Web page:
Minister emphasises the importance of technology in meeting production goals
How we can produce more from less? We need to use technology, innovation and collaboration between a science-based view towards food production and traditional farming methods.
This is according to Minister for Agriculture, Simon Coveney, speaking yesterday at Keenan’s Agri-Business Conference, where it was celebrating 30 years in business.
“From an Irish point of view the recent negotiations around the Common Agricultural Policy was about asking ourselves honest and hard questions as to how agriculture fits in to the global challenges of food security, climate change, energy security, efficient land use. So that we maximise the natural resource that we have,” he said.
He continued: “What we now have is policy at a European level as well as budgetary certainty around the supports governments will have to support food production for the next seven years.”
“We need to use that certainty to do what we currently are doing an awful lot better,” he stressed.
The most important industry in Ireland is the agri-food industry, the minister said.
“We have seen in the past four years in the midst of Recession in many countries across the EU our clients we have seen a 40 per cent growth in value terms in food and drink exports.”
He added: “There are an extra 150 million people moving into the middle class every year globally. These people are demanding a change in diets. That means red meat, seafood and dairy products. It means what we produce in Europe better than anywhere else will be in Increasing demand.”
“This demand will provide extraordinary opportunities for business in terms of food output but also extraordinary political challenges if we fail to meet that demand.”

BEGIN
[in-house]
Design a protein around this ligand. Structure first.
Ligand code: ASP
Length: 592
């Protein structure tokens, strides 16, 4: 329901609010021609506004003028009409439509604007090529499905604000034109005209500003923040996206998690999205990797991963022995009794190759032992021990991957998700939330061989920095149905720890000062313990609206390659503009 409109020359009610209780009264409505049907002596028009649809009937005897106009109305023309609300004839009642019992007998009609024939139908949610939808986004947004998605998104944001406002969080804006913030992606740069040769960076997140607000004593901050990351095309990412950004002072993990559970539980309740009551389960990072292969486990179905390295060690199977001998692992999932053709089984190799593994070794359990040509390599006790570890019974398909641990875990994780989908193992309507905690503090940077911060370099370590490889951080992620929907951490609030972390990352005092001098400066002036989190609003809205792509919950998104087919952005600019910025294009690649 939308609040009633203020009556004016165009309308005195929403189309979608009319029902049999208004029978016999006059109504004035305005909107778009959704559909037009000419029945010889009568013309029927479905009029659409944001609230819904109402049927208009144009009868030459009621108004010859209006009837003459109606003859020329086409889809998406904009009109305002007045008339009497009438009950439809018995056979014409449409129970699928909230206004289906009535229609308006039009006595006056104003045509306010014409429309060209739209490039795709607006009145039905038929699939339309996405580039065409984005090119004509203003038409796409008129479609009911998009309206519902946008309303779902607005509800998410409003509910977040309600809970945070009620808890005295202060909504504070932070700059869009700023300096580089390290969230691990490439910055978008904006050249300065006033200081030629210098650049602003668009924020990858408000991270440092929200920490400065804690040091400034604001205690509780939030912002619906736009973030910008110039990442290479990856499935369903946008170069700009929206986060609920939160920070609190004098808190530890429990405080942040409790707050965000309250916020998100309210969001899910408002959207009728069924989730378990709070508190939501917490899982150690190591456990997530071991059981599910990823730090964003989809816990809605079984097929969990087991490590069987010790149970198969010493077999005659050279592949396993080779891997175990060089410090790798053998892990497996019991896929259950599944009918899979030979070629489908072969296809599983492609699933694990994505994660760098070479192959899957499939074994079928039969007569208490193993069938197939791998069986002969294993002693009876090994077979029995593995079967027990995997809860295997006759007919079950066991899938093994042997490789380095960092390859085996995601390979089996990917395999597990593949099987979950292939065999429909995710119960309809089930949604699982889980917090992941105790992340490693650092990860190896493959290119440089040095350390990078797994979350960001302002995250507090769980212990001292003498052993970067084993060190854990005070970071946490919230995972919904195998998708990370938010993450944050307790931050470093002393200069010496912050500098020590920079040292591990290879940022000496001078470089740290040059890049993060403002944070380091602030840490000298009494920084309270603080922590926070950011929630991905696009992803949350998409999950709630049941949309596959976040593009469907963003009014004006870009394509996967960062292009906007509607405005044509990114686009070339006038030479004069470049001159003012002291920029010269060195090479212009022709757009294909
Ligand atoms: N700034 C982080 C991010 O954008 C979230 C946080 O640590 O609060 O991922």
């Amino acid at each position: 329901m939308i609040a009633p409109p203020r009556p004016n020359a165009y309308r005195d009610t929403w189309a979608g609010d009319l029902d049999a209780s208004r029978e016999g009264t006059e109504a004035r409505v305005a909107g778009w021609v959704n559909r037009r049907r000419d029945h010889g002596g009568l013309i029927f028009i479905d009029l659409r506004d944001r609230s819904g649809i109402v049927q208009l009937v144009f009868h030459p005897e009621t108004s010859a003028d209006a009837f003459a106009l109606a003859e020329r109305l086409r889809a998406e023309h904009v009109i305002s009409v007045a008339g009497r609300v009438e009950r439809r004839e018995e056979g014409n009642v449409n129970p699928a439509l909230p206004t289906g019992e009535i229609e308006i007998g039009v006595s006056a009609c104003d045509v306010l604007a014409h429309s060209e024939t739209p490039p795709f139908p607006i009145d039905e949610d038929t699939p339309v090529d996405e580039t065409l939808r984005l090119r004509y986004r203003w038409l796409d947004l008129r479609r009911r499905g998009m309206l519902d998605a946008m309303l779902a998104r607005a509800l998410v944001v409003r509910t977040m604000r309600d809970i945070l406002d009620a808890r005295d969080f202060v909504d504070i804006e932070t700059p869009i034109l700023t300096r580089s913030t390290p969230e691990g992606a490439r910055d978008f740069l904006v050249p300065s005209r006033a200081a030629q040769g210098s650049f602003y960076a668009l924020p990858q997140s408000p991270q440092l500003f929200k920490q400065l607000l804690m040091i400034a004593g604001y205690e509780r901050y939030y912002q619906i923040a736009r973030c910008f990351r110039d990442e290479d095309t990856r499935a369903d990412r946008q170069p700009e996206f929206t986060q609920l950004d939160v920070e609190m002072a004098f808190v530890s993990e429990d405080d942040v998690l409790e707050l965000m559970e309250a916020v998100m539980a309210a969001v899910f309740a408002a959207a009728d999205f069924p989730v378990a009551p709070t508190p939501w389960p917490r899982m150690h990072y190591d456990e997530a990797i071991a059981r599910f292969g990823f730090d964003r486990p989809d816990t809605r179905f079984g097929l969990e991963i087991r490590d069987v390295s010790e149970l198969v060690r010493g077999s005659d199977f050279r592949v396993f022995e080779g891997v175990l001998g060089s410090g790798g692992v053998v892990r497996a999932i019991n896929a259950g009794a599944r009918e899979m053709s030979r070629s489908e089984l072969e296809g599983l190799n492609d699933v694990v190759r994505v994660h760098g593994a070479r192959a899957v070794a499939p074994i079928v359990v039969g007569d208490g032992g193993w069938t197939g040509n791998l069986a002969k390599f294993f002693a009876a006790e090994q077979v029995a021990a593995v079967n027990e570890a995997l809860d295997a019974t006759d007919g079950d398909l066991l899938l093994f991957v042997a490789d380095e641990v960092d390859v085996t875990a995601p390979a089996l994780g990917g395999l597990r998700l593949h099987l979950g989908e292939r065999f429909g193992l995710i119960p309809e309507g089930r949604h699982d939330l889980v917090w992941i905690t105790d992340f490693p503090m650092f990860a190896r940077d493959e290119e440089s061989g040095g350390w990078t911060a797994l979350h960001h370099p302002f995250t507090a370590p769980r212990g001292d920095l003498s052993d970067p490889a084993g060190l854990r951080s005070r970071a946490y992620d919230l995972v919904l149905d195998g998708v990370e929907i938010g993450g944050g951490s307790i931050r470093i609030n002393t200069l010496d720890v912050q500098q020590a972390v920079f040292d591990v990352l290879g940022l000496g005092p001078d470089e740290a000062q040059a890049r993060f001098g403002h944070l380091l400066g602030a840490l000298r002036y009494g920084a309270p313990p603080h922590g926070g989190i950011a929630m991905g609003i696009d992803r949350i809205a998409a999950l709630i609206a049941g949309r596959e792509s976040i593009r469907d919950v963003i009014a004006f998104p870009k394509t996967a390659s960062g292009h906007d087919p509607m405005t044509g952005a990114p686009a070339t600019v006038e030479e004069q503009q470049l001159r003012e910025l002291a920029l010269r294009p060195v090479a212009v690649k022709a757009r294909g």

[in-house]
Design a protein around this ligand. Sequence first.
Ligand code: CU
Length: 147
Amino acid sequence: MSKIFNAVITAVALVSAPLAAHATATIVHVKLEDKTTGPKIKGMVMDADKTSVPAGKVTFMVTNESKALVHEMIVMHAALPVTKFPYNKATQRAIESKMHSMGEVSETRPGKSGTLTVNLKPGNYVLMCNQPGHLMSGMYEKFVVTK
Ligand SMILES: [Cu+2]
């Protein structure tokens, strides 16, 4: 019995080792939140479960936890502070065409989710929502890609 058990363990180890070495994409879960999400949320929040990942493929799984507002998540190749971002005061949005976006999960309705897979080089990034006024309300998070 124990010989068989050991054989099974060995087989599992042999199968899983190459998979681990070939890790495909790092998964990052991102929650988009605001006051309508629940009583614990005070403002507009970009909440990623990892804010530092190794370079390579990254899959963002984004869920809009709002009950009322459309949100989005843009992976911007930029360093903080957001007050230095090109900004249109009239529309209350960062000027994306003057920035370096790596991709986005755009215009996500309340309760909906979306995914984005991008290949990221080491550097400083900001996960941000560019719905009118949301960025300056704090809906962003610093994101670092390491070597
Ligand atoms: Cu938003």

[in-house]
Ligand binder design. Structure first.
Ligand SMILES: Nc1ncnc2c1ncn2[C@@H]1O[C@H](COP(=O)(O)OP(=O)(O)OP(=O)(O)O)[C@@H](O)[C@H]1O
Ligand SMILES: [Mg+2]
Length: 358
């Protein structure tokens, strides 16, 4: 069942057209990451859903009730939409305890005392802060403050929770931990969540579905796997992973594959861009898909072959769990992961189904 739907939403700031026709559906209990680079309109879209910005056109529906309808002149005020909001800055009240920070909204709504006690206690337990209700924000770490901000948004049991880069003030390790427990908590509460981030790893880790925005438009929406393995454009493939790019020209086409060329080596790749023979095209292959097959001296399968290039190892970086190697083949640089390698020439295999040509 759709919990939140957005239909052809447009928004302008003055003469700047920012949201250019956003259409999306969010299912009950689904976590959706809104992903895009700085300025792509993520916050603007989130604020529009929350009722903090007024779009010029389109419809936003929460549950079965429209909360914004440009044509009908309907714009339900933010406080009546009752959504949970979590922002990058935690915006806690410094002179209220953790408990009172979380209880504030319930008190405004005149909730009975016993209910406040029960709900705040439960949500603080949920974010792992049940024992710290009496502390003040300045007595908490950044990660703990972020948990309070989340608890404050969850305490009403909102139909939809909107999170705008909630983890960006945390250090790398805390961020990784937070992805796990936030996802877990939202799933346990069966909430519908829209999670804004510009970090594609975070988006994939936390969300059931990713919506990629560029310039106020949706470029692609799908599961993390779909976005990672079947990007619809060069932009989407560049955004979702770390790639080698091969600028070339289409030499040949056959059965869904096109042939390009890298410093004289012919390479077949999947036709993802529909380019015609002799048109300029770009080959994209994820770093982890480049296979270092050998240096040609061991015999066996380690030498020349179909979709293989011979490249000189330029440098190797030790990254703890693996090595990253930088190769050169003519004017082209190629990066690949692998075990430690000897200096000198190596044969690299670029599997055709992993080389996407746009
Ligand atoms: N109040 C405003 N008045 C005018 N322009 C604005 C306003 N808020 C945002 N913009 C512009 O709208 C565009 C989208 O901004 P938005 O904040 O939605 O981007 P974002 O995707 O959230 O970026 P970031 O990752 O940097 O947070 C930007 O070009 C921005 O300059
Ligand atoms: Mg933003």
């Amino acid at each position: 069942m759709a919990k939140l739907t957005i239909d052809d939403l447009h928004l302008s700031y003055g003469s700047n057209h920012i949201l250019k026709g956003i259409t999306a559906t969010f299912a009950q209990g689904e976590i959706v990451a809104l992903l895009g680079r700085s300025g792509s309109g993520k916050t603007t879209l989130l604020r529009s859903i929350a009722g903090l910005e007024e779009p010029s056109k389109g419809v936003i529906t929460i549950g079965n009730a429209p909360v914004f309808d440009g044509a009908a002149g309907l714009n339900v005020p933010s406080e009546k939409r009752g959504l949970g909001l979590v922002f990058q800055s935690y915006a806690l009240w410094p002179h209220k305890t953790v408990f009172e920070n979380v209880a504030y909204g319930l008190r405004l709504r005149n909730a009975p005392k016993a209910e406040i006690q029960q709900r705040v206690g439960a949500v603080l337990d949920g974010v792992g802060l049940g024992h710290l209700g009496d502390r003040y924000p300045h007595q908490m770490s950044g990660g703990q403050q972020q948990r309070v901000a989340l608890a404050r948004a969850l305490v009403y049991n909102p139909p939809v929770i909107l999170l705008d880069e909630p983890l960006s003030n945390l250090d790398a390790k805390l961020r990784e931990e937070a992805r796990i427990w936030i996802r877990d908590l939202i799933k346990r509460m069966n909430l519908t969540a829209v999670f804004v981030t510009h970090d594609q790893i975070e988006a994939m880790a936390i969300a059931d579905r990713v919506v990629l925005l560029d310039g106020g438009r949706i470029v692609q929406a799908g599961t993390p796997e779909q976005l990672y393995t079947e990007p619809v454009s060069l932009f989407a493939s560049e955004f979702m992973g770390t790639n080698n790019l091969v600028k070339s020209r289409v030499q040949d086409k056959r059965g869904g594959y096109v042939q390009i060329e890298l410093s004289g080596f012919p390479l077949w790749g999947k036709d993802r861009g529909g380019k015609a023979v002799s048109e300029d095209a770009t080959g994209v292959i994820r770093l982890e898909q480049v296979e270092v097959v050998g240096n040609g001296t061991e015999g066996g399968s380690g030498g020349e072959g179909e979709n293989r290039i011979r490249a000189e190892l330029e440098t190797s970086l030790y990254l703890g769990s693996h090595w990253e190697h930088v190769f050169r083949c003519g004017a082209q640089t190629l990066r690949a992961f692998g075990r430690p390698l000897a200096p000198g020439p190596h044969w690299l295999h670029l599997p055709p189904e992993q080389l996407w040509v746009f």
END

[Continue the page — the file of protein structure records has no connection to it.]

He noted: “We need to do this at the same time while reducing emission from the food and drink sector, which makes up 28 per cent of the global greenhouse gas emissions and in order to limit the effects of climate change which is already happening.
“In some ways this can be seen as an impossible challenge, a challenge that can only be taken on and one if we use technology, science and research and new ways of doing things.”
In conclusion, the minister said: “Can we produce 40 per cent more milk form an animal while reducing by 30 per cent that amount of concentrates the animal consumes? People like Gerald Keenan says yes we can.”
Keenan System’s three-day 30-year celebration event started yesterday. Entitled ‘Powering Profitable Food Production through Innovation and Collaboration’, the industry conference in the Citywest Hotel in Dublin heard from other guest speakers including Prof Bob Jolly of Iowa State University, Dan O’Donoghue of Dairygold Co-op, Pat Burke of Grant Thornton, Richard Keegan of Enterprise Ireland among others.
Over the course the event, research trips to Greenmount Campus in Antrim, the Teagasc research centre in Moorepark and a selection of visits to top-class livestock farms in Leinster, Munster and Ulster will also take place. In addition, visitors will be shown around the Keenan world-class manufacturing facilities at Borris, Co Carlow.